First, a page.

The Pilgrimage to Ogden

As anybody who knows me knows,  I’m a MASSIVE fan of John Moses Browning.    In fact the sheer scope of his designs, and how many of them,  like the M1911 Pistol,  and the M2 Heavy Machine Gun still see regular practical use.   The man is on par with his innovations as Thomas Edison, Nicolai Tesla, or Alexander Graham Bell, all of whom were contemporaries to each other,  along with Henry Ford,  who wasn’t quite on par with inventions,  but his innovations to make automobiles more affordable and available also changed the world we live in.

Really my reverence for Mr Browning borders on religious,  so I’d always wanted to make a “Pilgrimage” to Ogden Utah, which is the home town to several generations of the Browning Family.

Well last week the wife and I took a little vacation to Salt Lake City,  and while we were there I NEEDED to go to Ogden.

Well first up there was an Air Show in town when we arrived,  and then we learned that the Museums were only open Wednesday through Saturday,   so Wednesday,  our last day in Utah was going to be it.     We took the Scenic route there and arrived in Ogden just before eleven.

First stop, the town cemetery where much of the Browning Family is interred:

And there’s the marker for the Man himself.  I notice some visitors had left pennies on the marker to pay their respects,  It hadn’t even occurred to me,  and I didn’t have any coins.   Had I thought about it I probably would have brought some Winchester Brass in .45 ACP

Ogden Valley is REALLY Beautiful,  I took this photo to just show the majesty of John Browning’s Final Resting Place.

Next stop was the Browning Museum.   This is in Old Union Station  the best part is one admission fee gets you into ALL the museums.     So I didn’t take pictures of EVERYTHING,  but you can see quite a few in the Museum Page.

Here are some early Browning pistols as well as some experimental guns by Val A Browning Whom I hadn’t known was also a gun designer.

Some more FN pistols designed by John Browning.   Colt Pistols were not plentiful.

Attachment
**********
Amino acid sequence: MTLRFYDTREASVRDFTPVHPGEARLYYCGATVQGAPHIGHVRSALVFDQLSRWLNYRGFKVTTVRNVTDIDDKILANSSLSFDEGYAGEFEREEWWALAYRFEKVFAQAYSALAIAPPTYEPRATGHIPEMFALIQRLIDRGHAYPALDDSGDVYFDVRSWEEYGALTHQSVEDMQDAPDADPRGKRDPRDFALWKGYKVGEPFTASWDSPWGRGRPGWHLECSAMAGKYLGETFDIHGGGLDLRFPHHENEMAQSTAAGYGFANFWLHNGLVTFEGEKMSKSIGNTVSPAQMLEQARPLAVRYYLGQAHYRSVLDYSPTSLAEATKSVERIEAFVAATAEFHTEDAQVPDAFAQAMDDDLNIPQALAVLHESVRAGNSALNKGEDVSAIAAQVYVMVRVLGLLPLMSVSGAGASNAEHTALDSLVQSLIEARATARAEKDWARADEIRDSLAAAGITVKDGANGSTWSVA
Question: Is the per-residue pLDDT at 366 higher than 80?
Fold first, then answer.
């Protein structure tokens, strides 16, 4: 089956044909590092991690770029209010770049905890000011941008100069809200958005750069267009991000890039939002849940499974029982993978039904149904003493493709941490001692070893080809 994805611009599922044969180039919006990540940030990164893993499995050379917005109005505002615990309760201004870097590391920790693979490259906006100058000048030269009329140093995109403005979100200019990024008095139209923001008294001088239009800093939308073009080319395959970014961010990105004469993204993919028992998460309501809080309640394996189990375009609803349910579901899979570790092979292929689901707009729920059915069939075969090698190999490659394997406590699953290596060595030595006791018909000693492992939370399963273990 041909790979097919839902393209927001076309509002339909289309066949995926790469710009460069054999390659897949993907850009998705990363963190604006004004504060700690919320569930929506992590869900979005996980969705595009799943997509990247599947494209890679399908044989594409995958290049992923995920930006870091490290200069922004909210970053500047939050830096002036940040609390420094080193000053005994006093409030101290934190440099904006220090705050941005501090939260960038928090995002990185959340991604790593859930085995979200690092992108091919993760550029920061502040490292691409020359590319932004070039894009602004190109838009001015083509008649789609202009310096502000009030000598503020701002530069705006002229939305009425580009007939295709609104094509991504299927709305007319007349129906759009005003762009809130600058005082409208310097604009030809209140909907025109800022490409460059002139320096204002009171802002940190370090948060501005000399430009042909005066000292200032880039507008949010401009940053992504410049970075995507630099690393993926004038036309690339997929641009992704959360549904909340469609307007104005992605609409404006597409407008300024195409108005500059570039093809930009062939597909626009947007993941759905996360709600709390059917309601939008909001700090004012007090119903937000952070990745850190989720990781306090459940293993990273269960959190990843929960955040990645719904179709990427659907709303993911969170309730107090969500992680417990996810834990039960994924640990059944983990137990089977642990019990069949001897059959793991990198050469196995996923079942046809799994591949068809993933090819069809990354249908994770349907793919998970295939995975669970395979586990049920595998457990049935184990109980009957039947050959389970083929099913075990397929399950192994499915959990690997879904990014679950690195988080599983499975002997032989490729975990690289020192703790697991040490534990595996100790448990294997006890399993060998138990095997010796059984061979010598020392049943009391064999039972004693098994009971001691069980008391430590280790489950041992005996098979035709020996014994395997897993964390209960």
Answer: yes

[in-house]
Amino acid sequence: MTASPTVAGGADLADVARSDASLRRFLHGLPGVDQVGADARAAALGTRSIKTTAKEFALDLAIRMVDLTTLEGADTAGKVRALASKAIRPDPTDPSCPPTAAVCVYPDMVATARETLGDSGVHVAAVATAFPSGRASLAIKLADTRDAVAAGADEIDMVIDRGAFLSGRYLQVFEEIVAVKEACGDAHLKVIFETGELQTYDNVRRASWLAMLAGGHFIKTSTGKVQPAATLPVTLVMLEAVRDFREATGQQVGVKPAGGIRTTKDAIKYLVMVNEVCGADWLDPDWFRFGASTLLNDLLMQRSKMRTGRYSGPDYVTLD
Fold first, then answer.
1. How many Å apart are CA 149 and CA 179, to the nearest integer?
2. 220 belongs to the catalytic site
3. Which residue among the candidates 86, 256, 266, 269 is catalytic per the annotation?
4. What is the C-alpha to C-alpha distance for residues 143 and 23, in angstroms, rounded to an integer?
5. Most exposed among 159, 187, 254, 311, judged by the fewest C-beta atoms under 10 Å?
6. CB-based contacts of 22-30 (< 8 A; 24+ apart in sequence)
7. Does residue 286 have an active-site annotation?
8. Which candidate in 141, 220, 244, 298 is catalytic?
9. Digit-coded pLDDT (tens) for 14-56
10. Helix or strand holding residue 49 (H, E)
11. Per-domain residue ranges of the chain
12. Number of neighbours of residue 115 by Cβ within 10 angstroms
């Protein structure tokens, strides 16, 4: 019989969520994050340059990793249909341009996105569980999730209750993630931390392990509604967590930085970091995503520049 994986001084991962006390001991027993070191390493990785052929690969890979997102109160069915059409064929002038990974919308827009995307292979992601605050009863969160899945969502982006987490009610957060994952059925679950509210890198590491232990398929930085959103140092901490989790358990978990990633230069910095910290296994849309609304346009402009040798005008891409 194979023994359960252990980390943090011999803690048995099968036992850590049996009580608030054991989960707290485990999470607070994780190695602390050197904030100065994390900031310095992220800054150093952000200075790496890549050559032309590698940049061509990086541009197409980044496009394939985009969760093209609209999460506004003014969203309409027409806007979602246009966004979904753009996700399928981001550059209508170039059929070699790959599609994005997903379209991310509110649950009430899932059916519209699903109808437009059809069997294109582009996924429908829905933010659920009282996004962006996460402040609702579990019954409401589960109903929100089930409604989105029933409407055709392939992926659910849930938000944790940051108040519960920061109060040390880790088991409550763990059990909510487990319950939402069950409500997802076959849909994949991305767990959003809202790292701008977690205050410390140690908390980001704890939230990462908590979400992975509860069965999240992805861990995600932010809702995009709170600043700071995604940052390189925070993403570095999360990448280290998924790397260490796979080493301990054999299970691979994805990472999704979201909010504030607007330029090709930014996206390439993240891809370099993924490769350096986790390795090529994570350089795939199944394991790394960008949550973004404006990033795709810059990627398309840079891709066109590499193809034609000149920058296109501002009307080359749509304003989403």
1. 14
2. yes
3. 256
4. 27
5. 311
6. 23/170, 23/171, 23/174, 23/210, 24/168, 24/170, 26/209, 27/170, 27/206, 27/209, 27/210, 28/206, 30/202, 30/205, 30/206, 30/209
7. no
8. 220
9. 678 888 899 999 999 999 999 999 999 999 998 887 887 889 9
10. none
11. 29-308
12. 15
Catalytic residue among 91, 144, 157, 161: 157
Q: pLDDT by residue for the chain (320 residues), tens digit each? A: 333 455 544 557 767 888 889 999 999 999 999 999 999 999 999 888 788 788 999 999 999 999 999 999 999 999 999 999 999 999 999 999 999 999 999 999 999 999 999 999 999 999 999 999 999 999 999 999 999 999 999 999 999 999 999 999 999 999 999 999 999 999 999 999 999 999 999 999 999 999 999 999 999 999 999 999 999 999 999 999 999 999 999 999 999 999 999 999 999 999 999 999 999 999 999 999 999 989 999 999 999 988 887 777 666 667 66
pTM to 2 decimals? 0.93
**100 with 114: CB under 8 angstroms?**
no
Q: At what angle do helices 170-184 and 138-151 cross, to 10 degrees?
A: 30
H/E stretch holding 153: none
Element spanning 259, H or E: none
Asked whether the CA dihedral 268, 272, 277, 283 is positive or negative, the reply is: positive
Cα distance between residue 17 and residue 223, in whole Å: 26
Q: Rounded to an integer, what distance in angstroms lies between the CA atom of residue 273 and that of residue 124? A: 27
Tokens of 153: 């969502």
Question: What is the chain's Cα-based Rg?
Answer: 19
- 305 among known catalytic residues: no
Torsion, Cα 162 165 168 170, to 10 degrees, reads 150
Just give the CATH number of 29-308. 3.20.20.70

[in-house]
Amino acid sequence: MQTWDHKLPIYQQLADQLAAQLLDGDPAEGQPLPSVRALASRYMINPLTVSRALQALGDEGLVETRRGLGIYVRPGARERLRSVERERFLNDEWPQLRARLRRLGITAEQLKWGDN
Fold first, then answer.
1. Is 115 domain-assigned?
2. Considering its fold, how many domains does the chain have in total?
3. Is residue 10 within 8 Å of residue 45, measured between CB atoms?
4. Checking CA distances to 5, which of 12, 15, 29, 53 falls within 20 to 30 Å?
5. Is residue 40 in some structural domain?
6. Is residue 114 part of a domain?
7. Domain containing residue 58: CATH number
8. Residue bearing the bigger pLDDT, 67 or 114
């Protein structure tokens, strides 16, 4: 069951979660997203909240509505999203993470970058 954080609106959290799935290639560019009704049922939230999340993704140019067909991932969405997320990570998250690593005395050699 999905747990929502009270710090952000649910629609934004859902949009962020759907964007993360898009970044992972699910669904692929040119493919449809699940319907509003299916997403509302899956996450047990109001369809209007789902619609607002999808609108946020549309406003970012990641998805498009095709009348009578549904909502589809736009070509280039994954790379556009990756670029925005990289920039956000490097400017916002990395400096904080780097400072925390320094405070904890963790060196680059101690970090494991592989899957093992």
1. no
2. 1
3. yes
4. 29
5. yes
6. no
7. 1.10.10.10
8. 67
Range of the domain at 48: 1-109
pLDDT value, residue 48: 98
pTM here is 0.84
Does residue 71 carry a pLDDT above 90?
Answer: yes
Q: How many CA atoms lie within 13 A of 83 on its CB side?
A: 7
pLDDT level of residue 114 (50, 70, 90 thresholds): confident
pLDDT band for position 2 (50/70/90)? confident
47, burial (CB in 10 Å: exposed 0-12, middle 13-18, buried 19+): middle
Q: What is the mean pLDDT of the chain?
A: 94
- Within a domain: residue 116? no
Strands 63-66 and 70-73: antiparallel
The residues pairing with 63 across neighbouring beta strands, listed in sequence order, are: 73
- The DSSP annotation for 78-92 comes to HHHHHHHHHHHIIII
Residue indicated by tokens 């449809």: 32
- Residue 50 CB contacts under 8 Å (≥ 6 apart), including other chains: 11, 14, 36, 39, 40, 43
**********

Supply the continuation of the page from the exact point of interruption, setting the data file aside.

I took this picture just to irritate Nirvana Fans

These next three are just REALLY NEAT!

You can read the plaque,  but this was Browning attempting a proof of concept for a gas operated rifle.   There’s a washer near the muzzle that is pushed by muzzle blast to move an operating rod that works the lever action on the rifle.

He Improved on the design by putting a nipple that interfaced with a gas port in the barrel and allowed that gas pressure to operate the lever.

This is the basis for the 1895 “Potato Digger” Machine Gun  

This was in in a display on making engraved guns.   I really didn’t fit it….but while the engraved examples were very pretty,  this Browning Superposed lockwork is a wooden mockup that was carved by Browning himself as a quick and easy way to get a physical sample in his hands to manipulate.   Kinda the early 20th Century version if a 3D printed prototype!

They have several of the early prototypes that later turned into the Browning Hi Power The gun went through a LOT of changes after Browning’s Death, so much that Dieudonné Saive deserves as much credit as Browning for this iconic firearm.

And last but not least the M1911 exibit

The early guns that lead to the M1911

Above this were two early M1911 Pistols,  which you’ve probably seen before.  But here is the PROTOTYPE M1911A1.    What’s really interesting is this gun still has the flat mainspring housing of the M1911.

Also that .22 is really strange looking.  Allegedly it has a locked breech,  and the beavertail REALLY makes the grip seem short and awkward.

Again more photos on the museum page,   and FAR more guns than I wanted to take pictures of!

Last stop before leaving town was the John Browning Mansion

The house has been out of the Browning Family since the 1940s, and has fallen into disrepair.   According to the link above the new owners are attempting to convert it back to a public space that celebrates the life and Achievements of John Moses Browning.   We attempted to contact them for a tour,  but we couldn’t make it happen sadly.

It’s a historical landmark,  so it will never be torn down,  but I do hope to visit it as a historical home in the future!

This really was a religious experience,  and I greatly enjoyed my stay in Utah as a whole,  but this was clearly the highlight of my week,  and one of those memories I’ll keep for the rest of my life!

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